The retailer, which has been operating in Australia since 1977, has implemented a new enterprise resource planning (ERP) system, which McDonald describes as the central nervous system of the business. Once it got that right, it has started to build out other layers in the digital transformation.
“We’ve implemented a new fulfilment capability which is really important in that omni-channel retail environment where you’re looking to leverage the inventory you’ve got out of your store network as well as in other areas of the organisation to most efficiently get product to customers,” he says.
It is also implementing a new e-commerce system and considering how it manages customer data to handle things such as warranties.
“The objective ultimately is about getting all of those different touch points of the organisation so we’re able to assemble a much clearer view of that customer. So that then, in any interaction we’re having with them, we’re able to give them that consistent message and experience that they’re looking for,” McDonald says.
It receives about 100,000 customers a week to its website and also engages with customers via social media.
McDonald says one of the challenges in digitising the business is that you can’t do it all at once. “And one of the biggest challenges is we can see exactly what we need to do. It’s just about making sure we carefully work our way through that and we do the job well,” he says.
In traditional bricks and mortar retailing, executives spend a lot of time trying to identify new market opportunities.
E-commerce is almost the other way around. “That list is huge and immediately visible. The biggest challenge actually is trying to pick which bits you’re going to do first and in what order, because you cannot do it all at the same time, because otherwise you’ll just spend an awful lot of money and drive a lot of disruption to the organisation,” he says.
James Johnson, director of retail industry strategy, Salesforce, says the 262 per cent in digital retail sales in Australia and New Zealand thanks to the coronavirus lockdowns “is not likely to be a flash in the pan”, increasing the imperative on retailers to digitise.
“This is an acceleration of a shift well understood by most retailers and it was those who had the culture, skills and technology in place prior to the pandemic which were able to capture the most growth. The challenge today is to continue to meet and exceed consumer expectations,” he says.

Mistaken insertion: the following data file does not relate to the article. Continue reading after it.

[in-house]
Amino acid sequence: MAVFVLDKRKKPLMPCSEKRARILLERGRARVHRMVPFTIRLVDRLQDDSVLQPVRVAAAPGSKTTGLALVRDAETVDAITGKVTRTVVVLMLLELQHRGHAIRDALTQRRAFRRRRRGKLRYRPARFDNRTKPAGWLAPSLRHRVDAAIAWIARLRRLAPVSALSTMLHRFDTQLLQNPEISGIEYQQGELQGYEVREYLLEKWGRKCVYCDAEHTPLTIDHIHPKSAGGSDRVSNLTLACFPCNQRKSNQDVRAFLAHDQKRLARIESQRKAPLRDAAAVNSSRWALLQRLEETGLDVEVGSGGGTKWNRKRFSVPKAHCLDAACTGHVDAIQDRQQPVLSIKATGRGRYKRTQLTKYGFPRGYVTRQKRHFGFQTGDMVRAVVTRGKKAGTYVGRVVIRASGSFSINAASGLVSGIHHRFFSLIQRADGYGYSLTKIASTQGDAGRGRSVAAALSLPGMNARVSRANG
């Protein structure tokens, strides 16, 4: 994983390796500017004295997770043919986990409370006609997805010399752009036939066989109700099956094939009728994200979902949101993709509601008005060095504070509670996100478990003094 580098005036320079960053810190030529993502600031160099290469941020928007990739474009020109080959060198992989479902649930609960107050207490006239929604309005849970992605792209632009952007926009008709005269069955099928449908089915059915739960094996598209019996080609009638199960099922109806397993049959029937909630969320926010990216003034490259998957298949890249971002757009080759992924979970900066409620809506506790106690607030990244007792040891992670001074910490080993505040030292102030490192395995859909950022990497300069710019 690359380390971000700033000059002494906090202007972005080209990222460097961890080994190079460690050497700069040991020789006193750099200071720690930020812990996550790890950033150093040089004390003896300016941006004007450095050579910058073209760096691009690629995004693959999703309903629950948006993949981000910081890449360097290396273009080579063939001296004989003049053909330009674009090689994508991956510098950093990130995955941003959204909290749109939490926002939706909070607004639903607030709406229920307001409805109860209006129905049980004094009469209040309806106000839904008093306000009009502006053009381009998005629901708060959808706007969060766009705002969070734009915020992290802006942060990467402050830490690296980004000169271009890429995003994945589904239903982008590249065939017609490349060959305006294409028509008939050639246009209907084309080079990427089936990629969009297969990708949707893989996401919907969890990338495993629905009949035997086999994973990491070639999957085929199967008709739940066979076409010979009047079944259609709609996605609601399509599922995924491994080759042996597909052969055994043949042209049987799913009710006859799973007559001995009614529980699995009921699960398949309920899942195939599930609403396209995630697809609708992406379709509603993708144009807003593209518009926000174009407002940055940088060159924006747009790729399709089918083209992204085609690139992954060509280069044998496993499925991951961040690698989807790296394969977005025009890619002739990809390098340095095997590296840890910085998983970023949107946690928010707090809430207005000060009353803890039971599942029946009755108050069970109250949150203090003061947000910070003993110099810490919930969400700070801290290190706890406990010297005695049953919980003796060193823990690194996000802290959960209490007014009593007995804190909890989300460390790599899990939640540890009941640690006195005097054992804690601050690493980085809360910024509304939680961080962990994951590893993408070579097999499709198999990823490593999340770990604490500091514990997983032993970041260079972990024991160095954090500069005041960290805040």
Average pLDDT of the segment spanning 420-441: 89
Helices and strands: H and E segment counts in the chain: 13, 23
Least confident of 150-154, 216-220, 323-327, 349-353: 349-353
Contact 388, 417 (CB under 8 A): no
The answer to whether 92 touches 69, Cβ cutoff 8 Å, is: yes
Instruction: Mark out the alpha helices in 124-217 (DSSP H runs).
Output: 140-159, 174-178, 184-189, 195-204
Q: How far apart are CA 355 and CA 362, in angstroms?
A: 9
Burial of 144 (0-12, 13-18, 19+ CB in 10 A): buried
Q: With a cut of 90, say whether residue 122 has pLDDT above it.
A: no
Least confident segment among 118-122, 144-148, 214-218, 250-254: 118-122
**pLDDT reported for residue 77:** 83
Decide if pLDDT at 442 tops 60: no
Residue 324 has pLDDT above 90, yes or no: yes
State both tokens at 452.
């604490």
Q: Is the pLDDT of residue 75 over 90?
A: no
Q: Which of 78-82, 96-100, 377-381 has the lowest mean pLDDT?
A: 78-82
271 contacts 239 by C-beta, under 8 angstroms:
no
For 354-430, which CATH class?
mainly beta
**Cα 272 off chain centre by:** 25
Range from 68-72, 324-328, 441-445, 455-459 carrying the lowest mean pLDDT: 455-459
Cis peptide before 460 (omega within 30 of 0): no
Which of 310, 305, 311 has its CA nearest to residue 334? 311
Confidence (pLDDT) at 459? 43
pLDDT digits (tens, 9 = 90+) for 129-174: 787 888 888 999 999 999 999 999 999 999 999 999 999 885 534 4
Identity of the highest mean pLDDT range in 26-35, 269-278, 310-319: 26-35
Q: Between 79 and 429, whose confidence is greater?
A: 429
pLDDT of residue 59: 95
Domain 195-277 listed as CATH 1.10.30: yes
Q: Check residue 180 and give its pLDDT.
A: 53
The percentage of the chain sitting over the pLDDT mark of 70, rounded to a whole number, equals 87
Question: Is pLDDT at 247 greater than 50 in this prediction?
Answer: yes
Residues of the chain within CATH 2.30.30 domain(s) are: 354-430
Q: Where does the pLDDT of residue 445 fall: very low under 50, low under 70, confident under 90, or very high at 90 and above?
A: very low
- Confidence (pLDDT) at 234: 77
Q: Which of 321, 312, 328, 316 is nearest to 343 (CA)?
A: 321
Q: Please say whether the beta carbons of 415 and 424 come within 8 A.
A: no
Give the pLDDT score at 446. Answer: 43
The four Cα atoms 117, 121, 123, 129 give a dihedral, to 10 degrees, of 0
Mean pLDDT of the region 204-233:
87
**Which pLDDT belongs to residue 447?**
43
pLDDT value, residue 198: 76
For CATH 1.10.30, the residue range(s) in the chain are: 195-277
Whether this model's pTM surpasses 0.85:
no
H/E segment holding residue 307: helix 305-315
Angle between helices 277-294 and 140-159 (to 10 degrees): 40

The trend is also changing the way retailers need to attract customers. Johnson explains: “Retail used to focus exclusively on bringing shoppers to owned properties, like your website or store. Now, it’s all about embedding commerce where shoppers spend their time, such as social media or with voice assistants. We refer to these third-party channels at the hypothetical fringes of brand properties as shopping at the edge.”
As the digitisation of shopping continues, the role of the physical store is changing. Johnson says stores will continue to be very relevant – but their role will change to support online shopping and services such as click-and- collect. The alternative is they will offer different in-store experiences, such as new layouts. A large footprint of small stores is a strong omni-channel strategy for retailers, he says.
At the same time as Barbeques Galore is working on its new e-commerce platform, it has also launched new store formats to respond to changing consumer demands. While bricks-and-mortar stores used to be little more than an assemblage of products in the showroom, consumers now want a more engaging experience.
Barbecues are in some way a unique retail product. As much as consumers like to research online and use click-and-collect to make purchases, they still want to see and touch their potential purchase. As a result, the stores have a greater emphasis on experience and customer engagement, doing cooking demonstrations to inspire barbecue users, for instance.
McDonald has one more piece of advice for businesses about to start on digitisation: “Good ideas do not cost more or take longer than bad ideas. Some of the best things that we’ve done, some of the best things we’ve put in place to improve performance or drive a particular outcome are actually very simple.”